James Baldwin, 1945. Portrait by Richard Avedon. Photo Credit, National Portrait Gallery
Since writing about the Birmingham Project, I could not resist drawing parallels between the past and present. We have placed a healthy distance between past and present, north and south and fly over states and the west, but why have we done this and what does this say about ourselves?
In 1963 Baldwin visited San Francisco California and local PBS station KQED followed the writer and local community leaders around the city’s Bayview/Hunters Point neighborhoods. The resulting documentary called Take This Hammer revealed hidden similarities between San Francisco and Birmingham that we’re still not comfortable confronting today. Baldwin draws a brash conclusion immediately within the 3 1/2 minutes of film:
“There’s no moral distance between the facts of life in San Francisco and the facts of life in Birmingham.”
In San Francisco in 1963, incarceration, racial profiling, lack of jobs, lack of fair housing and institutional bias have laid a foundation for segregation that the city it still struggles to emerge from. The clear differences between the overt discrimination in the south and covert forms of racial bias both lead to devastating outcomes in communities. Baldwin’s ability to hold a mirror to ourselves is an uncomfortable but necessary exercise.
“To be locked in the past means in effect, that one has no past since one can never asses it: and if one cannot use the past, one cannot function in the present, and so one can never be free.”
This passage is from Baldwin’s essay, Nothing Personal published in 1964; the book is a fascinating to me for two reasons: it was critically panned and it contained photography by my favorite photographer Richard Avedon. As I looked back on Robert Brustein’s scathing review of the book in 1964, it was clear that Brustein’s beef with Baldwin was in fact, 100% personal. This immediately made me want to read the essay, because as they say in the south, “A hit dog will holler.” Given the subject matter, it was not surprising that Baldwin’s message was received so poorly. Concepts that people aren’t ready for are often challenged.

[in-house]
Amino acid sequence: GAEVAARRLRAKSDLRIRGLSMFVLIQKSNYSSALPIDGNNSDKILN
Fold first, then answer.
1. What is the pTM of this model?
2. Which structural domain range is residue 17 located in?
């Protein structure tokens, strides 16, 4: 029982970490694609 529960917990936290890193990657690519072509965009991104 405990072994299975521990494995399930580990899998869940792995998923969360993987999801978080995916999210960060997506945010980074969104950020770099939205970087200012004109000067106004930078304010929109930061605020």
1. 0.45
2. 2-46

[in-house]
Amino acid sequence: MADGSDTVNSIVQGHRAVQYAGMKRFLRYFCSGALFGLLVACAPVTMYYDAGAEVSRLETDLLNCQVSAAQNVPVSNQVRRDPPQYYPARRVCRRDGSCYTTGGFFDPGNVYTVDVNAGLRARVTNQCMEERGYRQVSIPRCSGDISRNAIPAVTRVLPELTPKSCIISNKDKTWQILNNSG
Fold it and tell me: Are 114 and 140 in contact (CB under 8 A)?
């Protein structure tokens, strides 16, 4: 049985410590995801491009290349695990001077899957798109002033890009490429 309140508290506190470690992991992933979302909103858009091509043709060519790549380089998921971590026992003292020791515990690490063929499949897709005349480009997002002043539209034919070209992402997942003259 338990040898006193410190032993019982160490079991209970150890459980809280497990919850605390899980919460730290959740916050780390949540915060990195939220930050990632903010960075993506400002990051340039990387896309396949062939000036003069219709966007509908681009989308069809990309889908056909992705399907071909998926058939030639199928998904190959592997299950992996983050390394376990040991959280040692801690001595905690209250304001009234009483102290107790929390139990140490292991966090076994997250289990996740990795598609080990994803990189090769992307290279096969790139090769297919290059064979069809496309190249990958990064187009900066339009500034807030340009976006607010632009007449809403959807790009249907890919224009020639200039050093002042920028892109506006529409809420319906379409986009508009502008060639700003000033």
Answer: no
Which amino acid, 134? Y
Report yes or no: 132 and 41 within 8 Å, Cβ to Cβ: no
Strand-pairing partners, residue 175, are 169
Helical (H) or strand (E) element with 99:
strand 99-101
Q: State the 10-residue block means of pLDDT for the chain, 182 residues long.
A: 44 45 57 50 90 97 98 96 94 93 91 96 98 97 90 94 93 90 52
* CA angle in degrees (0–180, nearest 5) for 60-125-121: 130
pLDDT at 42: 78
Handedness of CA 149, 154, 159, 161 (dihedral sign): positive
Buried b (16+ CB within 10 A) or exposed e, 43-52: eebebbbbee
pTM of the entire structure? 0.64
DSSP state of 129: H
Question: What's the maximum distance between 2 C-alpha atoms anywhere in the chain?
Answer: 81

I also didn’t know until recently that Baldwin and Avedon were friends, having gone to High School together as co-editors of their school’s literary magazine. Their friendship and work on this particular project is a story for another post.
While Nothing Personal starts out with some indulgent, meandering observations on a vacuous pastime we have all fallen victim to (being subjected to TV commercials), Baldwin makes some very astute observations on money, power and our country’s foundational principles being inextricably tied to both. As much as Baldwin likes to force us to take hard looks at ourselves, Baldwin models that exercise on himself within this essay. One emotionally raw passage that exposes his vulnerabilities on love, loss and death while another reconciles his thoughts on the temporal nature of pain.
“For nothing is fixed, forever…the earth is always shifting, the light is always changing, the sea does not cease to grind down rock. Generations do not cease to be born, and we are responsible to them because we are the only witness they have.”